Low voter turnout kills gay marriage referendum in Romania

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Low voter turnout killed a referendum to ban gay marriage in Romania over the weekend, even after the vote was extended by a day.

Only 20 percent of eligible voters showed up for the referendum, short of the 30 percent needed to make it valid. Opponents of the ban boycotted the vote, knowing it would fail if enough voters stayed home.

The Romanian Constitution will keep its neutral wording that a family is “founded on the freely consented marriages of the spouses.” Romania does not recognize gay marriage or civil unions, though the constitutional court ruled last month gay couples should have the same rights as heterosexuals.

Dan Barna, part of a union that opposed the ban on gay marriage, called for the government to resign immediately after wasting taxpayer money “on a fantasy.” The president of the LGBT rights organization Mozaiq has called for a vote in the opposite direction, legalizing gay marriage.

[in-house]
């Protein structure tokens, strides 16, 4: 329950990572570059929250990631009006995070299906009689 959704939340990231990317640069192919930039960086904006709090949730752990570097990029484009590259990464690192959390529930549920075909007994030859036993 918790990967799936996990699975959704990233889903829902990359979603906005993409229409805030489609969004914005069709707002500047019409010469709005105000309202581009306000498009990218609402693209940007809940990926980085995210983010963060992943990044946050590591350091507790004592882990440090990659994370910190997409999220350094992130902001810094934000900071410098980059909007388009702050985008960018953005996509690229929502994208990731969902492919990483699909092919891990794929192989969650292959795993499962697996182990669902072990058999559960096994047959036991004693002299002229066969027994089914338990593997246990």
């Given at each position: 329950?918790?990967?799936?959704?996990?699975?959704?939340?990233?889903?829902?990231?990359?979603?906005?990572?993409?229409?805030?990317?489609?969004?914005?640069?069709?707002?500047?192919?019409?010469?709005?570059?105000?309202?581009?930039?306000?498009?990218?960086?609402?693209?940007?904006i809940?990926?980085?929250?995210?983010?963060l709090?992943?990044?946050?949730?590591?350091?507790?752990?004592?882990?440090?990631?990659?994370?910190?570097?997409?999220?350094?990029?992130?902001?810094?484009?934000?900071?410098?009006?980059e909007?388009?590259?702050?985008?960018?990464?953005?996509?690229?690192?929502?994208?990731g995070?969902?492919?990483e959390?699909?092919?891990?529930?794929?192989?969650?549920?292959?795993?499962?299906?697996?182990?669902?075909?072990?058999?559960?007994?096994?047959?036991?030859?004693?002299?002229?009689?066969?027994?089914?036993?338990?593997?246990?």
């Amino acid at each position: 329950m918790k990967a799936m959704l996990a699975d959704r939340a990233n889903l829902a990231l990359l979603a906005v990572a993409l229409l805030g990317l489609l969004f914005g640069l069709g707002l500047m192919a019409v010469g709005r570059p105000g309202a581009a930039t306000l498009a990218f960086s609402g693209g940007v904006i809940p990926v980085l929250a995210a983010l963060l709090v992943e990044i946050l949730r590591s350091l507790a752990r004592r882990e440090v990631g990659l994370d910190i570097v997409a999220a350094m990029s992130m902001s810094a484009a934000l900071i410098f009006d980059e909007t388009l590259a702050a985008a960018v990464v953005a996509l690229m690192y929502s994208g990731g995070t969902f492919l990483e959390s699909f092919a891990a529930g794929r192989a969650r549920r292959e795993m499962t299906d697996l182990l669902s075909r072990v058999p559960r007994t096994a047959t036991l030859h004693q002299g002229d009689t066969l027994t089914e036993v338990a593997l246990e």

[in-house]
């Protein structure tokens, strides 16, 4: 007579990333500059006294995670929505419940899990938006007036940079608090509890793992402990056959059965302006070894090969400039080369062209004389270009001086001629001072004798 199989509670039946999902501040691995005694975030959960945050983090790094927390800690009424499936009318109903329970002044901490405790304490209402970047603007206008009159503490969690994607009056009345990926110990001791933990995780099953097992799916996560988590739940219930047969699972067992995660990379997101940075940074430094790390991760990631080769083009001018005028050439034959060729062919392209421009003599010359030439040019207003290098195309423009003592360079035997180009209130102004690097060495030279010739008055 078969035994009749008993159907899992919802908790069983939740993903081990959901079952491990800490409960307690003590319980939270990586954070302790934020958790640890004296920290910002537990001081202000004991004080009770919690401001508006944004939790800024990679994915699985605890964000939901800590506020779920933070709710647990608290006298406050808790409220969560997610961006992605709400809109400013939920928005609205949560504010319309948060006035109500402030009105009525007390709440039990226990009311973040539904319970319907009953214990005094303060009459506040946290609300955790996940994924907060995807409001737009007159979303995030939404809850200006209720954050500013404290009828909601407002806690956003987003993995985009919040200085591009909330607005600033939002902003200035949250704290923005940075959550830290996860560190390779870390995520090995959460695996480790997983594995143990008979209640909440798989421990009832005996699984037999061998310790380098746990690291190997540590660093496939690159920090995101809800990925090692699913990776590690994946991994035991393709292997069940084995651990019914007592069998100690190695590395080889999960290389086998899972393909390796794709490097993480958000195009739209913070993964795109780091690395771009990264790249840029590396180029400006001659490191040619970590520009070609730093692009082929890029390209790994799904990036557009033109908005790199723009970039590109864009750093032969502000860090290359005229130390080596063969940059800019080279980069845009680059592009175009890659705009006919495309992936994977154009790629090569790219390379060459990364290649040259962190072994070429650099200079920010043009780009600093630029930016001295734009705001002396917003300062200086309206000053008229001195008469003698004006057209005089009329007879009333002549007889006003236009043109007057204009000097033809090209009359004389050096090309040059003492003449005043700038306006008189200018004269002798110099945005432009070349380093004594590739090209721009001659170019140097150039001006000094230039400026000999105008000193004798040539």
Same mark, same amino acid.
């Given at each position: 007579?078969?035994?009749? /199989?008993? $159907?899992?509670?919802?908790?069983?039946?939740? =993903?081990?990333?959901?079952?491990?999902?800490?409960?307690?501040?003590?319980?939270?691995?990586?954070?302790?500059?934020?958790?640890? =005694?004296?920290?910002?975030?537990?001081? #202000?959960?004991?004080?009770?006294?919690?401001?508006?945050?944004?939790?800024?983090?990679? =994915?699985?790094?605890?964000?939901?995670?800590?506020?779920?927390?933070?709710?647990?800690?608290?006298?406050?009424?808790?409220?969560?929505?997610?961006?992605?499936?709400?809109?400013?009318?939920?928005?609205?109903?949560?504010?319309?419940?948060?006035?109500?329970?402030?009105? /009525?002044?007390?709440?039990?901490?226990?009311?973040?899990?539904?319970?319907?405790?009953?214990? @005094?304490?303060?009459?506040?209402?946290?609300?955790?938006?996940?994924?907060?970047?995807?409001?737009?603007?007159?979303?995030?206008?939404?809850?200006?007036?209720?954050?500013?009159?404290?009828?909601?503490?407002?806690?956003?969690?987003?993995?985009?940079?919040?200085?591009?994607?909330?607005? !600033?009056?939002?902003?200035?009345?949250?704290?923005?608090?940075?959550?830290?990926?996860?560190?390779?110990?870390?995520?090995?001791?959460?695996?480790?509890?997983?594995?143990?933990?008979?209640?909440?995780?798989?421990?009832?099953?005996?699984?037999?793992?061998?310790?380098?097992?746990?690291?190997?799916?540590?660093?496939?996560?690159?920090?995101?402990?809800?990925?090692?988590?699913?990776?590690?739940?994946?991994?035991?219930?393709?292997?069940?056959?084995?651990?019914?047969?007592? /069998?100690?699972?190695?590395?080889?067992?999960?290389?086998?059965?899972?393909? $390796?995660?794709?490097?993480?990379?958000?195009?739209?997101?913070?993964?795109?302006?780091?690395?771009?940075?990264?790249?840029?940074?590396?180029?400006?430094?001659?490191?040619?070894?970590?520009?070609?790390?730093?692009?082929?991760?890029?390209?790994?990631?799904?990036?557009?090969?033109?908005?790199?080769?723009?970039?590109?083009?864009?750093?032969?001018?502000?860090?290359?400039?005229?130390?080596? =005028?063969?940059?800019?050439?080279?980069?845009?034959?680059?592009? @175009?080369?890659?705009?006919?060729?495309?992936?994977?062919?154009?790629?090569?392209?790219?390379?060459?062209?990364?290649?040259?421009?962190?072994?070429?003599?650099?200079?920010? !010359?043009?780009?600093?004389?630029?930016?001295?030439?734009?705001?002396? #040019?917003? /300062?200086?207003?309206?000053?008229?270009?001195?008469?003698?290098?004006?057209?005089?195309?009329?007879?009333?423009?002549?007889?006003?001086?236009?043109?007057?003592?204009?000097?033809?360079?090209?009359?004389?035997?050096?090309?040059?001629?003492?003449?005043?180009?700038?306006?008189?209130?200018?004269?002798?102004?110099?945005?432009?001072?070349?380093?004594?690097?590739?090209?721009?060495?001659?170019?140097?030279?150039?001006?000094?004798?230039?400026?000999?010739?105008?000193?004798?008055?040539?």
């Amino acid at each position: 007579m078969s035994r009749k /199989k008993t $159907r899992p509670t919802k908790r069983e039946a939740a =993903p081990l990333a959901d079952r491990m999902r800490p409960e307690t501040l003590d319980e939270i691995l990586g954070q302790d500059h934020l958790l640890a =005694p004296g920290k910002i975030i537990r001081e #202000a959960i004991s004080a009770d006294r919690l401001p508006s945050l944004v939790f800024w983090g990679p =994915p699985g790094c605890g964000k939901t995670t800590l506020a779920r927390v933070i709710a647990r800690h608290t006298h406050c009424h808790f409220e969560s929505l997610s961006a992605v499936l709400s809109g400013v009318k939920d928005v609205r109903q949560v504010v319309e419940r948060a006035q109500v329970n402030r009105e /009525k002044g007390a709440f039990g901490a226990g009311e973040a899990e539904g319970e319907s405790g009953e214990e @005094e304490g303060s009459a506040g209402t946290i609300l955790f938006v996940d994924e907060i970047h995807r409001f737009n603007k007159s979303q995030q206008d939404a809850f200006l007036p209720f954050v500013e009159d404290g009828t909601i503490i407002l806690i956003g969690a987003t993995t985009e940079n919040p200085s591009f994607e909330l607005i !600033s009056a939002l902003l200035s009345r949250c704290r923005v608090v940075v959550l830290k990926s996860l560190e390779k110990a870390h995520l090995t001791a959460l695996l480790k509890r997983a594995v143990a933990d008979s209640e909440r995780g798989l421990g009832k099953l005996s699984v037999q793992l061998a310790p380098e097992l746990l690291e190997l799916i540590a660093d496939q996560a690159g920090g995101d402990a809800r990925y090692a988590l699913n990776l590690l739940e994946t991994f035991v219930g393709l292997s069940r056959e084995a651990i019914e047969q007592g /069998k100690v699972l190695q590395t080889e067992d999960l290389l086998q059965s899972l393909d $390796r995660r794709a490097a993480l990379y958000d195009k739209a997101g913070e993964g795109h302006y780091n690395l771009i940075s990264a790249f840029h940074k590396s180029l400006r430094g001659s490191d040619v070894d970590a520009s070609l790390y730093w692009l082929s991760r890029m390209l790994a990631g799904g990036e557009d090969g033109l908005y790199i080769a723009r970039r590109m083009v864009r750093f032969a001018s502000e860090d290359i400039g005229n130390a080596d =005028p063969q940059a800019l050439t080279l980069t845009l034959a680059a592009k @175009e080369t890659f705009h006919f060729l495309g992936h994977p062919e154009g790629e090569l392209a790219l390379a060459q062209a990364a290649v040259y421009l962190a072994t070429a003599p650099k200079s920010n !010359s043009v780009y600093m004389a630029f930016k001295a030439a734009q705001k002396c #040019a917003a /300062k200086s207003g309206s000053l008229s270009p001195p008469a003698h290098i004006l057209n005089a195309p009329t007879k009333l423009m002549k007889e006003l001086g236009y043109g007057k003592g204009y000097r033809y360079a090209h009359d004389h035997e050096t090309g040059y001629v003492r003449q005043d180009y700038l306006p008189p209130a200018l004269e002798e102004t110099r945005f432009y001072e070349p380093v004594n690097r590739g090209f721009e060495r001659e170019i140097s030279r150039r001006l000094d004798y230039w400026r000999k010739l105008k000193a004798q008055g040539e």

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Liviu Dragnea, the leader of the Social Democrats, supports the ban on same-sex unions.

“Do you know what a traditional family is? It’s a man and a woman who are able to bear children,” Dragnea said.

The Romanian Orthodox Church supported the referendum and the ban, and said the country is feeling pressure from the West to accept same-sex marriage.

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“We managed to preserve our Christian values during the communist period, when the church was persecuted,” Archdeacon Ionut Mavrichi said. “We should be able to decide how we understand the institution of the family.

“Every child has the right to be raised and born in a family from a mother and father like all the children that have ever been born.”

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